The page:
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SHERIDAN, Wyo. (AP) — On a recent afternoon, students at five Sheridan public schools gathered in clusters around Chromebooks to learn and practice coding.
The event was part of a weeklong dive into computer programming, in conjunction with Hour of Code — an international nonprofit aimed at boosting young students' interest and knowledge in computer science.
Henry A. Coffeen, Sagebrush and Woodland Park elementary schools all participated, as did Sheridan Junior High School, Fort Mackenzie High School and The Wright Place Middle School.
Zachary Kelly, an eighth-grader at SJHS, sat at a library desk, clicking and dragging blue blocks into line on a blank section of the screen. The blocks said things like, "turn left" or "run." It looked like a brainy version of a video game.
"Well, it's kinda like you're making one," Kelly said.
Kelly said he's done more difficult coding with his uncle, who works at Microsoft and lives in Seattle. Kelly isn't sure if he wants to be a biologist or a programmer when he grows up, but he sees some definite benefits to the latter.
"You get a lot of money from coding, you get paid a lot," he said. "So that's cool."
"The beginning code — the blocks that you saw them putting together — that's the way coding initially is taught," she said. "So, even at MIT, I read, or Stanford, initially coding is taught with blocks."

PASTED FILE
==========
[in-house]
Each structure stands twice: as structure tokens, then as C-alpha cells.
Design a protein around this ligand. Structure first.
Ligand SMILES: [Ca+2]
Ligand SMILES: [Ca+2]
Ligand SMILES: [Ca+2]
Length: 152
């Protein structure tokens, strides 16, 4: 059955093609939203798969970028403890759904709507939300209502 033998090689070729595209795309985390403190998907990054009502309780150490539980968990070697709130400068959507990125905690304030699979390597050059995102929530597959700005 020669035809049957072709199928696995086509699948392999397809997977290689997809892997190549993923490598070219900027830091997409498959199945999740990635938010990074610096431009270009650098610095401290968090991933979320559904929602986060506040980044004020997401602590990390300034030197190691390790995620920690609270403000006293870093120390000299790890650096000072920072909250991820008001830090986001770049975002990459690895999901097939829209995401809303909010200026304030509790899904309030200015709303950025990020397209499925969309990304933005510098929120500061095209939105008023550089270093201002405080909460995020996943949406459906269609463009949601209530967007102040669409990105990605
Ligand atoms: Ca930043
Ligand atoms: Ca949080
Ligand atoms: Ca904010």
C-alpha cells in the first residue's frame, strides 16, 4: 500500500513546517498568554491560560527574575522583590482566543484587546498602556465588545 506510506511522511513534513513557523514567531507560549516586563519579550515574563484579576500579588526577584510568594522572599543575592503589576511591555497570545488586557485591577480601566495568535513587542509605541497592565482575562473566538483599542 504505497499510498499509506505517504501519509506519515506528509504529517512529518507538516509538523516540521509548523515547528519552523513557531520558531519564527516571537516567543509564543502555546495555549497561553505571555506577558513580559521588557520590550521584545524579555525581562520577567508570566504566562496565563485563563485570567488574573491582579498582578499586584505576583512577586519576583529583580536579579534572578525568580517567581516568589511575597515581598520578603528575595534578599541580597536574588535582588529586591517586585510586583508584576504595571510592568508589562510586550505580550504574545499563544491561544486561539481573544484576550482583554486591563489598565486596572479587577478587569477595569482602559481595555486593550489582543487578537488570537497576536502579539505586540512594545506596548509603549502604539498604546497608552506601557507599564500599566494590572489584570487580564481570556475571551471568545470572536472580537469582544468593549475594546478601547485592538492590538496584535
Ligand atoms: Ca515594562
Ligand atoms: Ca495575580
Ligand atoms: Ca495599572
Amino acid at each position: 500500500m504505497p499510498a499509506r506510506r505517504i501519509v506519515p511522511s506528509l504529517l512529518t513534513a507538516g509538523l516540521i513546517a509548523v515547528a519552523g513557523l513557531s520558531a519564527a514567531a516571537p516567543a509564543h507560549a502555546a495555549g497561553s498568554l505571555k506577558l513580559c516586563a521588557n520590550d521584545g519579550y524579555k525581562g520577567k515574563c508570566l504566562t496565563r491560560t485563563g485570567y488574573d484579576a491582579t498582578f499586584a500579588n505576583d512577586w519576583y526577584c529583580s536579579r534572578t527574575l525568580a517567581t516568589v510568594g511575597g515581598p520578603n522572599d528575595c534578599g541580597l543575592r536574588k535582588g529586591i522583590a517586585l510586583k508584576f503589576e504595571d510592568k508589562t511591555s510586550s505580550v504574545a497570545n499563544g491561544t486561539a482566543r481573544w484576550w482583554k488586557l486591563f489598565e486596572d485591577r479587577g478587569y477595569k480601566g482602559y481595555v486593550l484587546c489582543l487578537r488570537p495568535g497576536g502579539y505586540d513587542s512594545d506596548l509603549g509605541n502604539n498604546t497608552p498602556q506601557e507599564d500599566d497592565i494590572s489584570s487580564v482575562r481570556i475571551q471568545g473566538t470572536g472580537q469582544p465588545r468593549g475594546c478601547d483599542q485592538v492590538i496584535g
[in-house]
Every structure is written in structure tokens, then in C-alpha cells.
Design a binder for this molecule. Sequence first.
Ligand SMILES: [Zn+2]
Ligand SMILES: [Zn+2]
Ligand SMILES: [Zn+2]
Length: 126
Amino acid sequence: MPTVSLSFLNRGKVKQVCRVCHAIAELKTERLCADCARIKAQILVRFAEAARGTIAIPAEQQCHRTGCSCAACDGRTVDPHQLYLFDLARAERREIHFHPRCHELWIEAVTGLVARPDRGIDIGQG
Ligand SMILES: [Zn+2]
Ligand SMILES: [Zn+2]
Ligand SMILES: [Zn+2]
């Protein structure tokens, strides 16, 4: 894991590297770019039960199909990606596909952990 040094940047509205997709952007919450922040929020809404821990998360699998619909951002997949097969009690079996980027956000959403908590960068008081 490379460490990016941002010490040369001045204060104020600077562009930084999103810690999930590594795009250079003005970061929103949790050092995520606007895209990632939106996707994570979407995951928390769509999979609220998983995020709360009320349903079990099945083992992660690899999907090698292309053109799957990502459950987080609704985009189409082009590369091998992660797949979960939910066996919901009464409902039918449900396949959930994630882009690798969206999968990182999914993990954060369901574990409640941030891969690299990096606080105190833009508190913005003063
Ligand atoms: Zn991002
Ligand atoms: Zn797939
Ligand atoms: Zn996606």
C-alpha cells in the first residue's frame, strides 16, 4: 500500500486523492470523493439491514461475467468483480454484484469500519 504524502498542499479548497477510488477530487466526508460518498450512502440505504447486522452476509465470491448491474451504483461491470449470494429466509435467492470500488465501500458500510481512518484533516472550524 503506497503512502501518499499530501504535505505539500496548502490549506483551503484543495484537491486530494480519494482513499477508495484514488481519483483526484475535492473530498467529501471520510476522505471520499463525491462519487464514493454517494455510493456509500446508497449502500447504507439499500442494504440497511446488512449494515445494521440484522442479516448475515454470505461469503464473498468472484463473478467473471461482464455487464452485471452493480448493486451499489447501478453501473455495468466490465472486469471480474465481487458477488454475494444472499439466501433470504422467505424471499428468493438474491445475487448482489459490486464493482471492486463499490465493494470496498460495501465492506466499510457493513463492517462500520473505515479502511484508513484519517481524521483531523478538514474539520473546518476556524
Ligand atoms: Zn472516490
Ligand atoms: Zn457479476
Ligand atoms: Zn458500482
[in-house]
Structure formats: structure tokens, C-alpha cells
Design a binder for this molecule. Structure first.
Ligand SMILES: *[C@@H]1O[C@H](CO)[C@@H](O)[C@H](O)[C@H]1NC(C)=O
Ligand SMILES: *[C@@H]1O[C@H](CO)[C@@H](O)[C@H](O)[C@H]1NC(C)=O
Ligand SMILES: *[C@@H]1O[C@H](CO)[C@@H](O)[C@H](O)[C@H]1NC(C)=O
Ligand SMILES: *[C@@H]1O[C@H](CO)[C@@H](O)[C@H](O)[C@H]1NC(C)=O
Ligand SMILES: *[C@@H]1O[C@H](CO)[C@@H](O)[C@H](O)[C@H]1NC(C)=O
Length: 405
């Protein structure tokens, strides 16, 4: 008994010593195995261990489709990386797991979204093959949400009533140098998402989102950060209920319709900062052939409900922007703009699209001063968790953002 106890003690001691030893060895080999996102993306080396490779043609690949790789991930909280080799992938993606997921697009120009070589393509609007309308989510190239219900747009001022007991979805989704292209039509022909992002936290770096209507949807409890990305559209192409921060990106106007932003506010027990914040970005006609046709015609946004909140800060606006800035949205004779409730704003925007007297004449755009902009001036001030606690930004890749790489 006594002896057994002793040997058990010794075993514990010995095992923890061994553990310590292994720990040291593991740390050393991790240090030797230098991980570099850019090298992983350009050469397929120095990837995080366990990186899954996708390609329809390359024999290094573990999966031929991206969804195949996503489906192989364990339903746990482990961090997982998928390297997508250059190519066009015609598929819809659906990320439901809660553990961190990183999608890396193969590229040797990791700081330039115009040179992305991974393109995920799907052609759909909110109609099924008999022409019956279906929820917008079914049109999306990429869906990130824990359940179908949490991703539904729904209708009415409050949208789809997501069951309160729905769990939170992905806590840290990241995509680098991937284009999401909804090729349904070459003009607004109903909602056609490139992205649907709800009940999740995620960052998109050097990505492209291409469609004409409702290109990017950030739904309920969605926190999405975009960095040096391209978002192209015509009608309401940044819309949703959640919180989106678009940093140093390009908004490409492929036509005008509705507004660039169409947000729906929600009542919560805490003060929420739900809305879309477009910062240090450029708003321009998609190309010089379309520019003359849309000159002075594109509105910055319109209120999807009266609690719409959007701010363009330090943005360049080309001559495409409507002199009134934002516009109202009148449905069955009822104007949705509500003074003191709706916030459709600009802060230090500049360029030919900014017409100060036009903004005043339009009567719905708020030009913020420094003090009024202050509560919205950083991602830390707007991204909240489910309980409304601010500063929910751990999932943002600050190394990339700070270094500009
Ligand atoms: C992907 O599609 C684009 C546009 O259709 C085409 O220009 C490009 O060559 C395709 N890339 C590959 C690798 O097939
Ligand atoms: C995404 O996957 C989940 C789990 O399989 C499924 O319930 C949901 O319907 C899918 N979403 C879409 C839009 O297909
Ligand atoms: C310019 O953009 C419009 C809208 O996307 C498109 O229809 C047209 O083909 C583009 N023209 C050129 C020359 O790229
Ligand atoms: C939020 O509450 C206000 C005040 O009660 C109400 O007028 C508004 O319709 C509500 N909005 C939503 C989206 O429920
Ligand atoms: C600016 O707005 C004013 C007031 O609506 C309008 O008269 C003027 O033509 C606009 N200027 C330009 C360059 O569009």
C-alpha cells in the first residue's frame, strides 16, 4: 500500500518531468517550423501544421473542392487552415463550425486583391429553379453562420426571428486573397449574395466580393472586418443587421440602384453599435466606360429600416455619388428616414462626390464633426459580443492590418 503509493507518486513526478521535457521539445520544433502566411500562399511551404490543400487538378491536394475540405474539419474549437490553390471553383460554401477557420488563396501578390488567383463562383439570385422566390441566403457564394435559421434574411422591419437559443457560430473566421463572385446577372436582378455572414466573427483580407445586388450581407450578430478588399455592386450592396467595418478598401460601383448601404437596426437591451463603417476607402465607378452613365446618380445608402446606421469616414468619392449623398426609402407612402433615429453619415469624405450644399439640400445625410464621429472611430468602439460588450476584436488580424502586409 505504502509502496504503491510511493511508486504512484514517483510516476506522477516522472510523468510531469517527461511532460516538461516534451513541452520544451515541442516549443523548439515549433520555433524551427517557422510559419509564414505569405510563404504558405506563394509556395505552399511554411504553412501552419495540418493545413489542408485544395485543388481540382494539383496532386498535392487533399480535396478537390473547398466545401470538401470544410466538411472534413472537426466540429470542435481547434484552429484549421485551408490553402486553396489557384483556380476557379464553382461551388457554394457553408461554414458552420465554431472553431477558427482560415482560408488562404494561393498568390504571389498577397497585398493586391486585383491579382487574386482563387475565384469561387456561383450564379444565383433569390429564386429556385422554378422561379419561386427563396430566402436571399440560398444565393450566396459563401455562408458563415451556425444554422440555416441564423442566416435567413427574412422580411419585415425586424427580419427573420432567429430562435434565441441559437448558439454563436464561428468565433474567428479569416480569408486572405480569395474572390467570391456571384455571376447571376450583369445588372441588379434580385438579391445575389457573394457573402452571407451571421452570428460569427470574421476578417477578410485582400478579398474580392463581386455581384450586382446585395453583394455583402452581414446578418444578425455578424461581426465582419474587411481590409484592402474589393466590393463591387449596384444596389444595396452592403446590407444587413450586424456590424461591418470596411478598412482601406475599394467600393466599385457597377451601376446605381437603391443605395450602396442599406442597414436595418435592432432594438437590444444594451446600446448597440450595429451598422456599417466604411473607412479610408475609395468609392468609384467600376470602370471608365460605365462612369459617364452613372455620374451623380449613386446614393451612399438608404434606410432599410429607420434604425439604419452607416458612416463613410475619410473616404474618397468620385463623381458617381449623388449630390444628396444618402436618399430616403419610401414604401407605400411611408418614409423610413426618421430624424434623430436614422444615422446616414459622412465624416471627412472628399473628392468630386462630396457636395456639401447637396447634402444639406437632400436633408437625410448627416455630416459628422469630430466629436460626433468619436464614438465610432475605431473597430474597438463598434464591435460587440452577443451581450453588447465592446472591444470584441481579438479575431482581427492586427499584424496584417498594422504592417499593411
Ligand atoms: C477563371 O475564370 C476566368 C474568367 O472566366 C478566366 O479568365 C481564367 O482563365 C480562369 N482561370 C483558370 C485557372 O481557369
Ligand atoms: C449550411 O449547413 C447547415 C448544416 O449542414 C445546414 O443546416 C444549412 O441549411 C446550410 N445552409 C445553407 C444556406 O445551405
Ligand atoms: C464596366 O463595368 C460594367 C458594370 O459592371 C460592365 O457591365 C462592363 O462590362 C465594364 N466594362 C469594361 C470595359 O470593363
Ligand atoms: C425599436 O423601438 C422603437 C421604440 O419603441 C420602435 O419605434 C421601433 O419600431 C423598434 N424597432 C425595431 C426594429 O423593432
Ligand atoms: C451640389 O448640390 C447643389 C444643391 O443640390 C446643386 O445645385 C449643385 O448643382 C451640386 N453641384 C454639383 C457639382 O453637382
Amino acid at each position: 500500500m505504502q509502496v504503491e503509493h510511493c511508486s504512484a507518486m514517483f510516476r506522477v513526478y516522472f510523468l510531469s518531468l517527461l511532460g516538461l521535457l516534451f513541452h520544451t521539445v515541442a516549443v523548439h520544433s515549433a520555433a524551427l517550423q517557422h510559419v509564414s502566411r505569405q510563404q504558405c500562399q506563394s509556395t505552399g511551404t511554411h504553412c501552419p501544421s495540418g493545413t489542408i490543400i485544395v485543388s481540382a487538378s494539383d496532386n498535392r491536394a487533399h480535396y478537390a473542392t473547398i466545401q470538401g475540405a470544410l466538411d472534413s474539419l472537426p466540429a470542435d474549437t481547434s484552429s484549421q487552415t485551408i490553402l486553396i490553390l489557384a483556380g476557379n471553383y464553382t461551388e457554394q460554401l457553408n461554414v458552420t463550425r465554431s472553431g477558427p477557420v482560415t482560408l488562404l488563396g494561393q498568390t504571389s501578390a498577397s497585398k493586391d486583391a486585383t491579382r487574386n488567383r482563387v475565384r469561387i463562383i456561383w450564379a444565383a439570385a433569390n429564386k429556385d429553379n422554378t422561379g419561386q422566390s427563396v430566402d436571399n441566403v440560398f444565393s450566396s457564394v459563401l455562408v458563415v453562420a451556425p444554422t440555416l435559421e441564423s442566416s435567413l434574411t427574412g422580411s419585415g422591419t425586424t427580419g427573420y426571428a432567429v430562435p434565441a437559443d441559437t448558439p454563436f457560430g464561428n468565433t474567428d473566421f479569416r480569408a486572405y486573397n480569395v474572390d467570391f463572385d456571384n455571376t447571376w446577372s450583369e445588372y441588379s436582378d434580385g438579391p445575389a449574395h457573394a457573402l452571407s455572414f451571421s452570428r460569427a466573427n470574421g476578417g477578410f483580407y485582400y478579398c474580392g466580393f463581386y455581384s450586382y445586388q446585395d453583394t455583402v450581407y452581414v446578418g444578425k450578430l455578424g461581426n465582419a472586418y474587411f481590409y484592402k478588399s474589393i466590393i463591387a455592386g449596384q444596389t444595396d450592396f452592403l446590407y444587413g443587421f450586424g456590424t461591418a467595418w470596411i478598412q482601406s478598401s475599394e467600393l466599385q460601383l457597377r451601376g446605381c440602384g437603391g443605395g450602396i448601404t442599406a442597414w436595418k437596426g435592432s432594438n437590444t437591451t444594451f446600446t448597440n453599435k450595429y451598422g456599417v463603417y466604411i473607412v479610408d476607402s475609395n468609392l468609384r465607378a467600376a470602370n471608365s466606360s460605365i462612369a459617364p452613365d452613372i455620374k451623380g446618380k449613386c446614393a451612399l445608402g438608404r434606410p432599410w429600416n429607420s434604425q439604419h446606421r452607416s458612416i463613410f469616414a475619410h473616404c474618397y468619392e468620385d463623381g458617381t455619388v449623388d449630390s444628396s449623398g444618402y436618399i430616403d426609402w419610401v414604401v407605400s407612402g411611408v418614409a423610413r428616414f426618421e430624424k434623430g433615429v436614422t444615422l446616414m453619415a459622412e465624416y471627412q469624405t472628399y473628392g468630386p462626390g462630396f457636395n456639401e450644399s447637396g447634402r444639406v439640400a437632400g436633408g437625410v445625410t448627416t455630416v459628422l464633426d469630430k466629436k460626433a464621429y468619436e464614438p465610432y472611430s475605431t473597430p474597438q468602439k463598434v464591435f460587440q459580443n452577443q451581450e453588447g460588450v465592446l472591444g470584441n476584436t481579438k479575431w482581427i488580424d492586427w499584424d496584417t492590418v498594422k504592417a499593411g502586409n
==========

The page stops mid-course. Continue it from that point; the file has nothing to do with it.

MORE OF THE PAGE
Nikki Jaramillo, also in eighth grade at SJHS, said the event was her first time trying to code, and she liked it. At first the work was easy, but it got harder as the levels progressed.
"And if it doesn't work, you just keep doing it and doing it until you actually pass the level or get it right," she said.
She thinks she might do more coding during down time in her study hall.
SJHS did the Hour of Code last year, but Weitz said turnout was much higher this year — with boys and girls alike.
"I'm thinking that that's a difference in education and how we're doing things in science and math these days," Weitz said. "I think we're starting to turn a corner where, you know, you wouldn't even question that a girl would code. Because here they all are. It's great."
Weitz was pleased to hear the announcement at a school board meeting that coding classes will be offered at SJHS next year.
"And that's huge. I'm so happy that we're going to be doing that, because you can see how excited the kids are," Weitz said. "They're sharing what they're doing with one another."
Information from: The Sheridan (Wyo.) Press, http://www.thesheridanpress.com/
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